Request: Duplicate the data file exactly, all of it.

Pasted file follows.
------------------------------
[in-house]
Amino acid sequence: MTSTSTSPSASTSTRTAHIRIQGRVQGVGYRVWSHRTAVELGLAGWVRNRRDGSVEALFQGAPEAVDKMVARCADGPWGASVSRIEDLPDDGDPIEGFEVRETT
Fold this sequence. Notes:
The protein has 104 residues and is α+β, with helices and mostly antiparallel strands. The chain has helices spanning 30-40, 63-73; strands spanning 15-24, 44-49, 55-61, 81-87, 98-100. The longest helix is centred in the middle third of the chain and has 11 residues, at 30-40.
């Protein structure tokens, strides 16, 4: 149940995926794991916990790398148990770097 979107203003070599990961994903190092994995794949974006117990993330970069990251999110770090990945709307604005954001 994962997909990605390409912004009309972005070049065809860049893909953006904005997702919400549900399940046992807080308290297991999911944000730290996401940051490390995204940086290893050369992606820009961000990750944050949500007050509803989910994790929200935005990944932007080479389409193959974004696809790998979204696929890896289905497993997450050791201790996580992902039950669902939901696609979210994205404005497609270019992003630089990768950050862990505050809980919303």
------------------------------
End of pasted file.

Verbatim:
[in-house]
Amino acid sequence: MTSTSTSPSASTSTRTAHIRIQGRVQGVGYRVWSHRTAVELGLAGWVRNRRDGSVEALFQGAPEAVDKMVARCADGPWGASVSRIEDLPDDGDPIEGFEVRETT
Fold this sequence. Notes:
The protein has 104 residues and is α+β, with helices and mostly antiparallel strands. The chain has helices spanning 30-40, 63-73; strands spanning 15-24, 44-49, 55-61, 81-87, 98-100. The longest helix is centred in the middle third of the chain and has 11 residues, at 30-40.
């Protein structure tokens, strides 16, 4: 149940995926794991916990790398148990770097 979107203003070599990961994903190092994995794949974006117990993330970069990251999110770090990945709307604005954001 994962997909990605390409912004009309972005070049065809860049893909953006904005997702919400549900399940046992807080308290297991999911944000730290996401940051490390995204940086290893050369992606820009961000990750944050949500007050509803989910994790929200935005990944932007080479389409193959974004696809790998979204696929890896289905497993997450050791201790996580992902039950669902939901696609979210994205404005497609270019992003630089990768950050862990505050809980919303």